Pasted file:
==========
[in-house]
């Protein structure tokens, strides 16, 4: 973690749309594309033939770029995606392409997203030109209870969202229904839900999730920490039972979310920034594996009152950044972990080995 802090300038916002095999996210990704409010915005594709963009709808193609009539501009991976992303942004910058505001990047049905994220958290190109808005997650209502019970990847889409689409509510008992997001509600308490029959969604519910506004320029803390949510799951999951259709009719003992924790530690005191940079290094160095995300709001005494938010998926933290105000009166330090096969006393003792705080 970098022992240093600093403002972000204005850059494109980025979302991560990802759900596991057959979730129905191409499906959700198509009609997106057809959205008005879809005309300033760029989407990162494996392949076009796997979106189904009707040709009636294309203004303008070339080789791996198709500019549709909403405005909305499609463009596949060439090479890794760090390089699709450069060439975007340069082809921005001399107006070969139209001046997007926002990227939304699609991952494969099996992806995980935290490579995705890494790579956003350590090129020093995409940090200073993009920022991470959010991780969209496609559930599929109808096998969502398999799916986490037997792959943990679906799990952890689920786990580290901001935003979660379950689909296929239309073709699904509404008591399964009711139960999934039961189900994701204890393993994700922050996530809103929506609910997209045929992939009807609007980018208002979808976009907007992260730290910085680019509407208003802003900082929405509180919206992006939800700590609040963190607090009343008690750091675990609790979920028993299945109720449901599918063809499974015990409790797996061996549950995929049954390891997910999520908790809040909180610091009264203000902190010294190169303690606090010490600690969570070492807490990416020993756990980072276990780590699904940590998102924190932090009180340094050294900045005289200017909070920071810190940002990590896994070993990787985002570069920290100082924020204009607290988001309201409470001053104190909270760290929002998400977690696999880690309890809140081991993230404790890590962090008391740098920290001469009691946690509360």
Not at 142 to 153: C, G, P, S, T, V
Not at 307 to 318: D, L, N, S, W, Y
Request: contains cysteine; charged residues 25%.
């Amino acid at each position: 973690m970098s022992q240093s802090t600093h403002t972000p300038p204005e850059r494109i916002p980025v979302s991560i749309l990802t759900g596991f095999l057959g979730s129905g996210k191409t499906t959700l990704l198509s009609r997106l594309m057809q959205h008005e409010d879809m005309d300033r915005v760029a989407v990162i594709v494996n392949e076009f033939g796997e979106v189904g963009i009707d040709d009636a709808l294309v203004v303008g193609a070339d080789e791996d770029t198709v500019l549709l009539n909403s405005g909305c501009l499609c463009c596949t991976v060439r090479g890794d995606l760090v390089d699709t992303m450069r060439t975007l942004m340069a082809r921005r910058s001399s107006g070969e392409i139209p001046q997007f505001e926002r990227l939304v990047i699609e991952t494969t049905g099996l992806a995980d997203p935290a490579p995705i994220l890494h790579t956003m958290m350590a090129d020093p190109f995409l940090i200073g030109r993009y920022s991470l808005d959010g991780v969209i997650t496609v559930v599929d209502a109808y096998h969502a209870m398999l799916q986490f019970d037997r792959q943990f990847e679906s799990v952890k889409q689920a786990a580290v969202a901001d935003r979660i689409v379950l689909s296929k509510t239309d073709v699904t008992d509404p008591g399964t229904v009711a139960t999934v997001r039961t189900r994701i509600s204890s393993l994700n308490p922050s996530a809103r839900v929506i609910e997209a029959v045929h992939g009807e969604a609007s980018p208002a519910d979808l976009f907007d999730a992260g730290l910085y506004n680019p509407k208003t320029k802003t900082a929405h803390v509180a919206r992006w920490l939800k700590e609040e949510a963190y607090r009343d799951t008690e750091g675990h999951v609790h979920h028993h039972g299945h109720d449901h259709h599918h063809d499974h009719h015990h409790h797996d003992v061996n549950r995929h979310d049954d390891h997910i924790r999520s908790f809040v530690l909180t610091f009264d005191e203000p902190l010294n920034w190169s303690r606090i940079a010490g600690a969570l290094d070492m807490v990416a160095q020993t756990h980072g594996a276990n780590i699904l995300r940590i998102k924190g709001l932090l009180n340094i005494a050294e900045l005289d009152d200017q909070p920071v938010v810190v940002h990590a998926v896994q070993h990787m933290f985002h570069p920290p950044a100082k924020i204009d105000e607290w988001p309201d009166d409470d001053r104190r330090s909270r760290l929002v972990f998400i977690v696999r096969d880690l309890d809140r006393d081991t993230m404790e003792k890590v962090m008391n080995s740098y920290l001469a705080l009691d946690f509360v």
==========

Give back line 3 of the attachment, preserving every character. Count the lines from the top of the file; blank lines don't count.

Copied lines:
Not at 142 to 153: C, G, P, S, T, V